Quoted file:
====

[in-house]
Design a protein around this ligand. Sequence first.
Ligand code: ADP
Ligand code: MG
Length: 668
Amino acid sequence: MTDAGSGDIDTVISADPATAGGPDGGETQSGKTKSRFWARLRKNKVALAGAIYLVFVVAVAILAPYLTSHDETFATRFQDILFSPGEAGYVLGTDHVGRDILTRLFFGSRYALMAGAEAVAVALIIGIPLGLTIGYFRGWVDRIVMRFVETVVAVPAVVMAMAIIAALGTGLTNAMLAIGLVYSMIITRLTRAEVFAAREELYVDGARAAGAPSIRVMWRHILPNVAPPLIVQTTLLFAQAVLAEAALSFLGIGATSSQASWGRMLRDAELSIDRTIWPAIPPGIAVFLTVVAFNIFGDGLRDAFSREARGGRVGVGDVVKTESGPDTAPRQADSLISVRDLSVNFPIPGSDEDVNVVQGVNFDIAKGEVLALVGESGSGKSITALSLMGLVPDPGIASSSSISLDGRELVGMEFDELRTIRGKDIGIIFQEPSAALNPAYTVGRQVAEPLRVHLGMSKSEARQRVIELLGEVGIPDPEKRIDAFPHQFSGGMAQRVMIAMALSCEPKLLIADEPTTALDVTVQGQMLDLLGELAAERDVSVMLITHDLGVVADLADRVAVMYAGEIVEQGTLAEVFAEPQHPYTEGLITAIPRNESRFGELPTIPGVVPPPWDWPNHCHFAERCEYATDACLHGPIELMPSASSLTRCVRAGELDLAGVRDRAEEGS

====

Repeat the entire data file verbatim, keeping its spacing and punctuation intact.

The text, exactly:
[in-house]
Design a protein around this ligand. Sequence first.
Ligand code: ADP
Ligand code: MG
Length: 668
Amino acid sequence: MTDAGSGDIDTVISADPATAGGPDGGETQSGKTKSRFWARLRKNKVALAGAIYLVFVVAVAILAPYLTSHDETFATRFQDILFSPGEAGYVLGTDHVGRDILTRLFFGSRYALMAGAEAVAVALIIGIPLGLTIGYFRGWVDRIVMRFVETVVAVPAVVMAMAIIAALGTGLTNAMLAIGLVYSMIITRLTRAEVFAAREELYVDGARAAGAPSIRVMWRHILPNVAPPLIVQTTLLFAQAVLAEAALSFLGIGATSSQASWGRMLRDAELSIDRTIWPAIPPGIAVFLTVVAFNIFGDGLRDAFSREARGGRVGVGDVVKTESGPDTAPRQADSLISVRDLSVNFPIPGSDEDVNVVQGVNFDIAKGEVLALVGESGSGKSITALSLMGLVPDPGIASSSSISLDGRELVGMEFDELRTIRGKDIGIIFQEPSAALNPAYTVGRQVAEPLRVHLGMSKSEARQRVIELLGEVGIPDPEKRIDAFPHQFSGGMAQRVMIAMALSCEPKLLIADEPTTALDVTVQGQMLDLLGELAAERDVSVMLITHDLGVVADLADRVAVMYAGEIVEQGTLAEVFAEPQHPYTEGLITAIPRNESRFGELPTIPGVVPPPWDWPNHCHFAERCEYATDACLHGPIELMPSASSLTRCVRAGELDLAGVRDRAEEGS